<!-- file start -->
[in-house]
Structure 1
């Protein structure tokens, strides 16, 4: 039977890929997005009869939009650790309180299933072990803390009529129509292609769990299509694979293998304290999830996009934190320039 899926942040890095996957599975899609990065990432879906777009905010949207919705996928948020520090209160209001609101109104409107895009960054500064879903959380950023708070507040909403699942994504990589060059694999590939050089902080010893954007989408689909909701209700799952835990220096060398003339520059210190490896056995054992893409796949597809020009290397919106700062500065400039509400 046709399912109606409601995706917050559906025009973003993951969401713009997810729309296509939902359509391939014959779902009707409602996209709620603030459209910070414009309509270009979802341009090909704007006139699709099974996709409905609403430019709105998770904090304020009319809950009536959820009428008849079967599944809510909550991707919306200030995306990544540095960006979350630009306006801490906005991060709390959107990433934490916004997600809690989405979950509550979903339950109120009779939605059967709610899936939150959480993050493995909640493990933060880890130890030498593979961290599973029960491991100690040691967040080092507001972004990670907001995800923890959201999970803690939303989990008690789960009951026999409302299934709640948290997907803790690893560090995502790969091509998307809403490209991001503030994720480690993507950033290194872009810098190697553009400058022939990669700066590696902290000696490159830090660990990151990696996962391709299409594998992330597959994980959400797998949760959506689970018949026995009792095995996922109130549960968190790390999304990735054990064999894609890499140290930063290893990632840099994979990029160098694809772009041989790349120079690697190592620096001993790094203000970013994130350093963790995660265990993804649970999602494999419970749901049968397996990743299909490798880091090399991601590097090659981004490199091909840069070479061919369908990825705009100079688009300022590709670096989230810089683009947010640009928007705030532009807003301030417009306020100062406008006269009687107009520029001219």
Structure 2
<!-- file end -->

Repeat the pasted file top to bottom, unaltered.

[in-house]
Structure 1
């Protein structure tokens, strides 16, 4: 039977890929997005009869939009650790309180299933072990803390009529129509292609769990299509694979293998304290999830996009934190320039 899926942040890095996957599975899609990065990432879906777009905010949207919705996928948020520090209160209001609101109104409107895009960054500064879903959380950023708070507040909403699942994504990589060059694999590939050089902080010893954007989408689909909701209700799952835990220096060398003339520059210190490896056995054992893409796949597809020009290397919106700062500065400039509400 046709399912109606409601995706917050559906025009973003993951969401713009997810729309296509939902359509391939014959779902009707409602996209709620603030459209910070414009309509270009979802341009090909704007006139699709099974996709409905609403430019709105998770904090304020009319809950009536959820009428008849079967599944809510909550991707919306200030995306990544540095960006979350630009306006801490906005991060709390959107990433934490916004997600809690989405979950509550979903339950109120009779939605059967709610899936939150959480993050493995909640493990933060880890130890030498593979961290599973029960491991100690040691967040080092507001972004990670907001995800923890959201999970803690939303989990008690789960009951026999409302299934709640948290997907803790690893560090995502790969091509998307809403490209991001503030994720480690993507950033290194872009810098190697553009400058022939990669700066590696902290000696490159830090660990990151990696996962391709299409594998992330597959994980959400797998949760959506689970018949026995009792095995996922109130549960968190790390999304990735054990064999894609890499140290930063290893990632840099994979990029160098694809772009041989790349120079690697190592620096001993790094203000970013994130350093963790995660265990993804649970999602494999419970749901049968397996990743299909490798880091090399991601590097090659981004490199091909840069070479061919369908990825705009100079688009300022590709670096989230810089683009947010640009928007705030532009807003301030417009306020100062406008006269009687107009520029001219």
Structure 2